Unfortunately, too many doctors who do not have proper training in a specific area of study offer their opinions without any factual basis.  This is bad for the patient as lack of proper care can result in complications going forward.  Just as you wouldn’t want to see a chiropractor for a kidney problem, you’d be better served listening to a chiropractor when it comes to neuromusculoskeletal issues. View this study: Doctors with a special interest in back pain have poorer knowledge about how to treat back pain.

I have had a desk job for years and when looking at my x-rays, it looks like I don't have a curve in my neck. Is this normal and can this lack of a curve be causing any of my neck pain? Can chiropractic care help with these issues?

It is not normal to lack a cervical lordosis and care should be geared, at least in part, to helping restore a proper lordosis so that the cervical spine can function as it should. In regards to your pain, when we lose the cervical lordosis, we are not only creating biomechanical stress but we are also ‘stretching’ the spinal cord, and this can create all types of undesirable effects. Chiropractic care can help to restore proper biomechanics and that will help to reduce pain. From that point, exercises and cervical extension/compression traction can be used to stabilize the upper back/neck and help restore a proper cervical lordosis.  Please read the abstract below about the curve in your neck in regards to degeneration. View this study: Kinematic analysis of the relationship between sagittal alignment and disc degeneration in the cervical spine.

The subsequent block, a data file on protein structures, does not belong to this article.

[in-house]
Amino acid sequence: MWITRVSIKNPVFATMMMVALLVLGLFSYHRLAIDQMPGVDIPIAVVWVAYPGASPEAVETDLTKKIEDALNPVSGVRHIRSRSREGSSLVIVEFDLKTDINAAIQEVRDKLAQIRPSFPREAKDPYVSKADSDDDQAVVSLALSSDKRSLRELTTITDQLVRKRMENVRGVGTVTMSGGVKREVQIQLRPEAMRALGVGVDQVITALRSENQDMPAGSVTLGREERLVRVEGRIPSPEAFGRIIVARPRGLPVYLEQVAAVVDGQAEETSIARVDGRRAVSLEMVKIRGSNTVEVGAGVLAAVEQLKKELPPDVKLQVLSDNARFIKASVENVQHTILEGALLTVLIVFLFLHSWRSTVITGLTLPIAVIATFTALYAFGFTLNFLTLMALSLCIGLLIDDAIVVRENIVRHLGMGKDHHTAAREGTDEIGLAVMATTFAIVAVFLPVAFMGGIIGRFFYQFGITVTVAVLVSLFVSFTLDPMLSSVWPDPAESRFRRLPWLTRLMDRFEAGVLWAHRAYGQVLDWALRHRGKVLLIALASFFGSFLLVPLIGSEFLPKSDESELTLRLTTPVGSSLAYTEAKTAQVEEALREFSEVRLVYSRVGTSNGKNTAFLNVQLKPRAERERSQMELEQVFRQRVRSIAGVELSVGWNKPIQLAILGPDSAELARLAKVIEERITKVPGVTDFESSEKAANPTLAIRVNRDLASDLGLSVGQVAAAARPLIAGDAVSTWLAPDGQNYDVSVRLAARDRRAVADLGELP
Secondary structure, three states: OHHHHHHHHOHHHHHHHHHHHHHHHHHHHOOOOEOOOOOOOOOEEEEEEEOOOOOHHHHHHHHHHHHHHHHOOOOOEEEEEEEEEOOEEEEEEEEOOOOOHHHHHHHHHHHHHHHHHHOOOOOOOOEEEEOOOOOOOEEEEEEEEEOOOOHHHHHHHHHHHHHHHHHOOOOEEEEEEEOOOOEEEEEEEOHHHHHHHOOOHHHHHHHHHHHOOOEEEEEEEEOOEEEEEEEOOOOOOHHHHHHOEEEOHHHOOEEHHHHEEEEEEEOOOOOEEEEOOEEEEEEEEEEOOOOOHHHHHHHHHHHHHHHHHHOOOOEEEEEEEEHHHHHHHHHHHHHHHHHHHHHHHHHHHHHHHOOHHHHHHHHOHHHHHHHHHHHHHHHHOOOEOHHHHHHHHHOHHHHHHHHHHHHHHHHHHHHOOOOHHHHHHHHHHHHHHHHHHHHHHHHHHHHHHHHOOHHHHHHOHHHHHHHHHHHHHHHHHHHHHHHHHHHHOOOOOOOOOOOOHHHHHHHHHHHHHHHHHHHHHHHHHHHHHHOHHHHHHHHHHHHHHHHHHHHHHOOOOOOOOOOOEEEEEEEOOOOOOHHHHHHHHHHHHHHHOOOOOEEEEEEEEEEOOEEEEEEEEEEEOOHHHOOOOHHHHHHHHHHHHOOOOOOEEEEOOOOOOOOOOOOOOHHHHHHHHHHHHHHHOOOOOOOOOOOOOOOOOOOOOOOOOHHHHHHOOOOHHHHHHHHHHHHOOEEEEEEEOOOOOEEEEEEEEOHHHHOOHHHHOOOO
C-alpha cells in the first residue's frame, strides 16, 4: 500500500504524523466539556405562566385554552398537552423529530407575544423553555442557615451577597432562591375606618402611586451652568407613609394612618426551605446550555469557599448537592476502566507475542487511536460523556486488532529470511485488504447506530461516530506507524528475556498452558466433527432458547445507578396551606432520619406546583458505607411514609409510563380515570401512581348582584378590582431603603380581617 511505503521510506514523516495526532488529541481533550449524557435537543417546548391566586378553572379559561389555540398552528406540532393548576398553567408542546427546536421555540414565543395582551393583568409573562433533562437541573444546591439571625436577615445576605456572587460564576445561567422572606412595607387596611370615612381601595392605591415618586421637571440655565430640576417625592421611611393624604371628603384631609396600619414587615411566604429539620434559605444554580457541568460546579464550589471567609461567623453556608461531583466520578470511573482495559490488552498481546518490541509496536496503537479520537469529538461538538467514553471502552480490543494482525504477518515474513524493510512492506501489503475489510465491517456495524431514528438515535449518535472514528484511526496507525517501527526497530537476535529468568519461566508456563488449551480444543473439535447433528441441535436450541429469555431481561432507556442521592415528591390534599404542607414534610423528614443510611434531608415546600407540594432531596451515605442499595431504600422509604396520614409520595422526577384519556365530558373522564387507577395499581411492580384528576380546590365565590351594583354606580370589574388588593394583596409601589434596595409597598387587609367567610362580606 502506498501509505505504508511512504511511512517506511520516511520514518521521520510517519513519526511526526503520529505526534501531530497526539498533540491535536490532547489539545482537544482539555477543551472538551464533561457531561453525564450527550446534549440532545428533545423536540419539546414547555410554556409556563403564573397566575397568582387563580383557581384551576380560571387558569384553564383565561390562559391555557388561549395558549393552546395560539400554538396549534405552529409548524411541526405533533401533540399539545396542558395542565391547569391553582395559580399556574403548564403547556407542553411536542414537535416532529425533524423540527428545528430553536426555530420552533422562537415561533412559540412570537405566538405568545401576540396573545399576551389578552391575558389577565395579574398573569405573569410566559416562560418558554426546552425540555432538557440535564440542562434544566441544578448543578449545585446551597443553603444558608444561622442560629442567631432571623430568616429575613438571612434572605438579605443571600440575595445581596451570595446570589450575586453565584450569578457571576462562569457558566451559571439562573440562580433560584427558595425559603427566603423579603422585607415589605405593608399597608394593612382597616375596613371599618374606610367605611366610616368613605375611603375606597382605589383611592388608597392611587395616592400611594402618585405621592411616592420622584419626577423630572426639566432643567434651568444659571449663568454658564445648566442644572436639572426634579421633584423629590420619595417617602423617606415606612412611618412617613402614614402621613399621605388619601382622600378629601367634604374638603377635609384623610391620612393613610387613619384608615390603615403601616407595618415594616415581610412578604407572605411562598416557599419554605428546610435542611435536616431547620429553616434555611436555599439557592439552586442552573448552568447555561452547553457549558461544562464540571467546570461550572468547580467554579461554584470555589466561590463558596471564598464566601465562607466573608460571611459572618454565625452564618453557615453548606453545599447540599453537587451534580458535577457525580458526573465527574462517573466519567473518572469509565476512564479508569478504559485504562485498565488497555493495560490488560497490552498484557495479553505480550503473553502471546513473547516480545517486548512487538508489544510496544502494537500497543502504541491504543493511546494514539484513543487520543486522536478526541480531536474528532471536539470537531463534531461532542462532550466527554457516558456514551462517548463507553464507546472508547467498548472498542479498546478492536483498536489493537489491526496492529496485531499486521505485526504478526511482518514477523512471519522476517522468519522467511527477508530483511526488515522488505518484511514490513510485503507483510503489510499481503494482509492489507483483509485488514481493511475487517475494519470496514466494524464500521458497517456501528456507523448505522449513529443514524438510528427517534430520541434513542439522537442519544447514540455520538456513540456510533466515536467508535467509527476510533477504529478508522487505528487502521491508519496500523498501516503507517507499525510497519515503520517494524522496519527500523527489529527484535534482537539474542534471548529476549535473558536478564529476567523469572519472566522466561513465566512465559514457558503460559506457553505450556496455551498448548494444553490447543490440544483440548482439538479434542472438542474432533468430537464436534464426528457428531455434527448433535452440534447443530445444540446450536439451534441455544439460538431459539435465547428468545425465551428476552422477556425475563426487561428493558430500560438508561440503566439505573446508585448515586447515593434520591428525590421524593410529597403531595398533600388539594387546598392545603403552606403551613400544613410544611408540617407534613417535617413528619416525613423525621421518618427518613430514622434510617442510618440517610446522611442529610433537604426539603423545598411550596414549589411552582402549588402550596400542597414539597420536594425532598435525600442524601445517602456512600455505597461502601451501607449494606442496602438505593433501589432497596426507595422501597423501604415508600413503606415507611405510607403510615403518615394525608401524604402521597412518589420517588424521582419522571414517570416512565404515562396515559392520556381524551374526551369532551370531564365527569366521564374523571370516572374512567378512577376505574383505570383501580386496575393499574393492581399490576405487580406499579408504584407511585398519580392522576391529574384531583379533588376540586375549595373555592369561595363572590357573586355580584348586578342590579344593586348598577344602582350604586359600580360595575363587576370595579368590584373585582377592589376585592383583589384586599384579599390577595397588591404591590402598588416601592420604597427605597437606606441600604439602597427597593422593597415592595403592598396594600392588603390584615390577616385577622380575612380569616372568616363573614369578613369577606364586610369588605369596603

I am not too famliar with Dry Needling. How is it different from Acupunture? Is it used to treat the same conditions?

This is a great question. The only similarity between Dry Needling and Acupunture is the instrument, or the needle. Acupunture is based upon the meridian system, with points that are always there. Dry Needling only deals with actiive, pathological soft tissue problems, such as Trigger Points. So, the two systems have nothing in common with the approach. Dry Needling has current research (and more added each month) demonstrating its success with a whole host of musculoskeletal problems. Below is a great recent study that illustrates this point… The Effect of Dry Needling in The Treatment of Myofascial Pain…

I am an avid triathlete and I have benefitted from the Isagenix system that you have recommended. I am leaner, have more muscle, perform better, and recover faster! I read a lot about it online and through our discussions but I would like to have some of the research you talk about so that I can show my doctor and my peers. Where can I gain access to that information?

We have a lot of blogs on the topic of body composition/modification, necessary protein consumption, etc…  and this is one way to learn.  With that being said, the best way to keep up with the studies is to follow Dr. Manison on Instagram (@drmanison).  Every so often, he posts studies on there with captions.  By following him on Instagram, you can also see ALL the studies he has posted on this (and other) topics in the past. There is a lot of data already and it’s a growing database for those who are interested.